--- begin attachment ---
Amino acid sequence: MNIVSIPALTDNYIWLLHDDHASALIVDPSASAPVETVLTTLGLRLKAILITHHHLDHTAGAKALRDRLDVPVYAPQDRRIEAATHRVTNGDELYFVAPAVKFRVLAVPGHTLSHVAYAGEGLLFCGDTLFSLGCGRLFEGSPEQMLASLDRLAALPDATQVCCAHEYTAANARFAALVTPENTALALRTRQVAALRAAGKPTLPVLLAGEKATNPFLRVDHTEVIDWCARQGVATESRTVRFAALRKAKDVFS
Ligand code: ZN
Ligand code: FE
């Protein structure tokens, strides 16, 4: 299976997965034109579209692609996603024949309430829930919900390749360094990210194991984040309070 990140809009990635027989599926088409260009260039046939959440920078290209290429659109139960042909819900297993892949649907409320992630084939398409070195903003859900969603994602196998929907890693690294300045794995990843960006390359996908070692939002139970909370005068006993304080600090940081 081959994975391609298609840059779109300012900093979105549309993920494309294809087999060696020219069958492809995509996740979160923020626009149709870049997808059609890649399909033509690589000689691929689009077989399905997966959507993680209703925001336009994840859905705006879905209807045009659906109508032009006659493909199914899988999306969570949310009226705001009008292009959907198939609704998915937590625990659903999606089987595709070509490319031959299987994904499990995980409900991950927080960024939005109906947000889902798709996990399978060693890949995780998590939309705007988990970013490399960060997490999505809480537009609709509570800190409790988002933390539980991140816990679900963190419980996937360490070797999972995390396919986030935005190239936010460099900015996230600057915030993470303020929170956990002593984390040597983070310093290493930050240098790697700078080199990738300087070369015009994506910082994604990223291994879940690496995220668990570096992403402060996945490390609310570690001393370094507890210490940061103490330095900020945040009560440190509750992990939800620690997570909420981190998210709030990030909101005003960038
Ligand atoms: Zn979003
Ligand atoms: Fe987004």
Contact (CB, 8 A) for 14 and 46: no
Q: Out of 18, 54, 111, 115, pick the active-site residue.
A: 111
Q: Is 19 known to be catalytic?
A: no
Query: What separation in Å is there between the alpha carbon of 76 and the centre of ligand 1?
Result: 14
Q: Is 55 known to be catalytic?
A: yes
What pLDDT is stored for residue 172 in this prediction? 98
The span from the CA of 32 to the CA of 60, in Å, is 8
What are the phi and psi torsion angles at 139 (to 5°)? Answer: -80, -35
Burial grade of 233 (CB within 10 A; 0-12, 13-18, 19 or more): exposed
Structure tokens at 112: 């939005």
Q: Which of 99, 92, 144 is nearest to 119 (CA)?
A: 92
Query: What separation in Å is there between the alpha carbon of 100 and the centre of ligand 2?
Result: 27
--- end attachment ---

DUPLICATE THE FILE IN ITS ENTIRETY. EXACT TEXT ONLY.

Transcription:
Amino acid sequence: MNIVSIPALTDNYIWLLHDDHASALIVDPSASAPVETVLTTLGLRLKAILITHHHLDHTAGAKALRDRLDVPVYAPQDRRIEAATHRVTNGDELYFVAPAVKFRVLAVPGHTLSHVAYAGEGLLFCGDTLFSLGCGRLFEGSPEQMLASLDRLAALPDATQVCCAHEYTAANARFAALVTPENTALALRTRQVAALRAAGKPTLPVLLAGEKATNPFLRVDHTEVIDWCARQGVATESRTVRFAALRKAKDVFS
Ligand code: ZN
Ligand code: FE
């Protein structure tokens, strides 16, 4: 299976997965034109579209692609996603024949309430829930919900390749360094990210194991984040309070 990140809009990635027989599926088409260009260039046939959440920078290209290429659109139960042909819900297993892949649907409320992630084939398409070195903003859900969603994602196998929907890693690294300045794995990843960006390359996908070692939002139970909370005068006993304080600090940081 081959994975391609298609840059779109300012900093979105549309993920494309294809087999060696020219069958492809995509996740979160923020626009149709870049997808059609890649399909033509690589000689691929689009077989399905997966959507993680209703925001336009994840859905705006879905209807045009659906109508032009006659493909199914899988999306969570949310009226705001009008292009959907198939609704998915937590625990659903999606089987595709070509490319031959299987994904499990995980409900991950927080960024939005109906947000889902798709996990399978060693890949995780998590939309705007988990970013490399960060997490999505809480537009609709509570800190409790988002933390539980991140816990679900963190419980996937360490070797999972995390396919986030935005190239936010460099900015996230600057915030993470303020929170956990002593984390040597983070310093290493930050240098790697700078080199990738300087070369015009994506910082994604990223291994879940690496995220668990570096992403402060996945490390609310570690001393370094507890210490940061103490330095900020945040009560440190509750992990939800620690997570909420981190998210709030990030909101005003960038
Ligand atoms: Zn979003
Ligand atoms: Fe987004």
Contact (CB, 8 A) for 14 and 46: no
Q: Out of 18, 54, 111, 115, pick the active-site residue.
A: 111
Q: Is 19 known to be catalytic?
A: no
Query: What separation in Å is there between the alpha carbon of 76 and the centre of ligand 1?
Result: 14
Q: Is 55 known to be catalytic?
A: yes
What pLDDT is stored for residue 172 in this prediction? 98
The span from the CA of 32 to the CA of 60, in Å, is 8
What are the phi and psi torsion angles at 139 (to 5°)? Answer: -80, -35
Burial grade of 233 (CB within 10 A; 0-12, 13-18, 19 or more): exposed
Structure tokens at 112: 């939005």
Q: Which of 99, 92, 144 is nearest to 119 (CA)?
A: 92
Query: What separation in Å is there between the alpha carbon of 100 and the centre of ligand 2?
Result: 27